Although we’re still 53 years away from the culture-melting, planet-hopping 2071 in which the show is set, last month marked 20 years since the premiere of the anime classic Cowboy Bebop. The show spawned a generation of creators who regularly cite its influence, including colon aficionados Bryan Konietzko (Avatar: The Last Airbender co-creator) and Rian Johnson (Star Wars: The Last Jedi director). Even so, in the two decades since the world first saw Bebop, there’s still never been anything quite like it.
Cowboy Bebop is (rightfully) most remembered for its wild blend of genres and styles, due in large part to the eclectic soundtrack by Yoko Kanno. A typical sequence might go something like this: after a fragmented, dramatic film-noir flashback, the ragtag crew of bounty hunters has a western-style standoff with their quarry, before jumping into spaceships for a laser-fight chase-scene set to a manic jazz tune. It’s as confident as its iconic opening credits, which declare “the work, which will become a new genre itself, will be called COWBOY BEBOP.”
Less crucial to the show’s legacy, but beloved by its fans, are Bebop’s characters. Along for the ride on the Bebop (an old hunk-of-junk spaceship) are Jet, the hardened-yet-fatherly ex-cop, Ed, the eccentric wiz-kid hacker, and Ein, the genetically modified corgi. It’s an ensemble piece to be sure, but the ostensible protagonist is Spike, the endlessly cool former crime syndicate member whose occasional bluntness is more than made up for by his proficiency with guns and spaceships. An ace pilot and a trained killer, Spike has left his past (including his nemesis/rival, Vicious, and the one that got away, Julia) behind. Or has he?
Director Shinichiro Watanabe and writer Keiko Nobumoto clearly intended for Bebop to be framed around the tale of the green-haired, mysterious Spike. A series of intense, backstory-laden episodes are placed at crucial points in the show’s 26 episode run. Episodes 5, 12-13, and 25-26 are about Spike’s past life catching up to him, and the show’s final image is intended to bring both Spike’s story and the series as a whole to a close.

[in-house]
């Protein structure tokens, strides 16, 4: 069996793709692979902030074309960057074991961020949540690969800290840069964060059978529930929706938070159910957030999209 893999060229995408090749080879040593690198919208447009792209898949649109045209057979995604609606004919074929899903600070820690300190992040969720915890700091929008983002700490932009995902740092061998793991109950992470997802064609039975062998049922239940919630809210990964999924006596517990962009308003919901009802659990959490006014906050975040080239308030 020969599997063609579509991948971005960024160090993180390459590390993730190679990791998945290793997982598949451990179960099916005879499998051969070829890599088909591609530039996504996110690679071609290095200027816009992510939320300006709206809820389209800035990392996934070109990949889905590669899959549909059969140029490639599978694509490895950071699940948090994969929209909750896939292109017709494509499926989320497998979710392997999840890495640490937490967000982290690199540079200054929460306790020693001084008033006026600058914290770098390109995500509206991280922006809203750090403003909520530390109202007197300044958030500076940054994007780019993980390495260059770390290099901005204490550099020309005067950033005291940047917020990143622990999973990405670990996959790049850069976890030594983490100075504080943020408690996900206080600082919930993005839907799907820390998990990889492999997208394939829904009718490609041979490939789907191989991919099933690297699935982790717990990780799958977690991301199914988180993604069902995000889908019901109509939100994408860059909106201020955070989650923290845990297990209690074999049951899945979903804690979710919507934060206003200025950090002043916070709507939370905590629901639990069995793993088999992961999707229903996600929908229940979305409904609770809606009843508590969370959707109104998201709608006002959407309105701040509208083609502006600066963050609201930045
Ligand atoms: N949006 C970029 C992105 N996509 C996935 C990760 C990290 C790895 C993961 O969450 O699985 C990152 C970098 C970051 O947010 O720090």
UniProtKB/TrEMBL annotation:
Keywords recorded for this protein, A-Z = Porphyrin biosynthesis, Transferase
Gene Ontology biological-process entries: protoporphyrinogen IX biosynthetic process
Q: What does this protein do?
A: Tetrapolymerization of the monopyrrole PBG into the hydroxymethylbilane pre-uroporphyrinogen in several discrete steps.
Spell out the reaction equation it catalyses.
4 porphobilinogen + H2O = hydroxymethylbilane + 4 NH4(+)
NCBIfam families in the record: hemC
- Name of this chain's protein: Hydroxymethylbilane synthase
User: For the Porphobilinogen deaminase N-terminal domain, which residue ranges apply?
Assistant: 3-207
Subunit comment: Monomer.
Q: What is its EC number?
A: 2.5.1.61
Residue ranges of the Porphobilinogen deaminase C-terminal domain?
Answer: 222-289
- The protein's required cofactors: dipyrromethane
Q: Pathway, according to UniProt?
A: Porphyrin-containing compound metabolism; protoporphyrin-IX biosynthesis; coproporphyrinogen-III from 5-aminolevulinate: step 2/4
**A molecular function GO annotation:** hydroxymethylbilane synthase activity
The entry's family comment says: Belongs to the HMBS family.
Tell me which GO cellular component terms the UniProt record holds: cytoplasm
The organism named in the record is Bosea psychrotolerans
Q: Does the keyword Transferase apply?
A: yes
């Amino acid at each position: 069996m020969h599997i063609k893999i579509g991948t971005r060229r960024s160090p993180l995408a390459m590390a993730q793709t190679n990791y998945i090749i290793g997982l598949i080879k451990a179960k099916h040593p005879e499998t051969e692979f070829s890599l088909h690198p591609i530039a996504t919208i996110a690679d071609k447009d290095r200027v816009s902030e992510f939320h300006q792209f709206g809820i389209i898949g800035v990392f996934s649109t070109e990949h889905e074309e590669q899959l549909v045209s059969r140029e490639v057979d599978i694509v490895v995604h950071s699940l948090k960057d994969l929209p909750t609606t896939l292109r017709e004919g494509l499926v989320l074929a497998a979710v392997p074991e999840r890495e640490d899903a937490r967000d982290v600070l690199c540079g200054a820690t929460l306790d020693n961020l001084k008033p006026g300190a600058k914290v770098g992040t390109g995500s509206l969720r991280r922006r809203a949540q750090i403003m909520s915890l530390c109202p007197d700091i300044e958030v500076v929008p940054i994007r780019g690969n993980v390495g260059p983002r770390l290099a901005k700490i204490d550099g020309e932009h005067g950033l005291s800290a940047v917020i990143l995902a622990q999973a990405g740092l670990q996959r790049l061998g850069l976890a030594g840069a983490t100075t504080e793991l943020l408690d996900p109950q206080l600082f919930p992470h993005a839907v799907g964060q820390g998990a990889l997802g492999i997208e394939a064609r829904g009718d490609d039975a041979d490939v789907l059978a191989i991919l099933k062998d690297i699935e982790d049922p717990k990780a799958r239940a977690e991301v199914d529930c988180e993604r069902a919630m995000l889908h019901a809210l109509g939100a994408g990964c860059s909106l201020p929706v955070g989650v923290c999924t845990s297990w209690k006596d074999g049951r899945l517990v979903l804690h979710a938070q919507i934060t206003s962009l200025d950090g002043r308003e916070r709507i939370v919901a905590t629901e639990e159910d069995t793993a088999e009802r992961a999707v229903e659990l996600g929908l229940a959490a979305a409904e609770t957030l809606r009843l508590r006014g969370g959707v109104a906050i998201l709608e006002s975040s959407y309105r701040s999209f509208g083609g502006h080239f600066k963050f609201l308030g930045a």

But – and I know you were waiting for the but – what about the Faye Valentine of it all? The final remaining member of the Bebop crew, herself a more complicated mix of archetypes than any of the other characters, is in fact as close as this show gets to a main character. Though history (and to a certain extent, maybe even the show’s writers themselves) refuses to admit it, Faye’s story is the most complex and impactful aspect of Bebop’s narrative.
Bebop is set in 2071, where the existence of a hyperspace gate has allowed humans to populate Mars, Venus and the moons of Jupiter. Decades prior, during the gate’s initial construction, a devastating explosion destroyed Earth’s moon and turned humanity’s home planet into an apocalyptic wasteland. Spike and Jet, who in past lives were on opposite sides of the law, teamed up to chase criminals across the solar system and cash in on their bounties.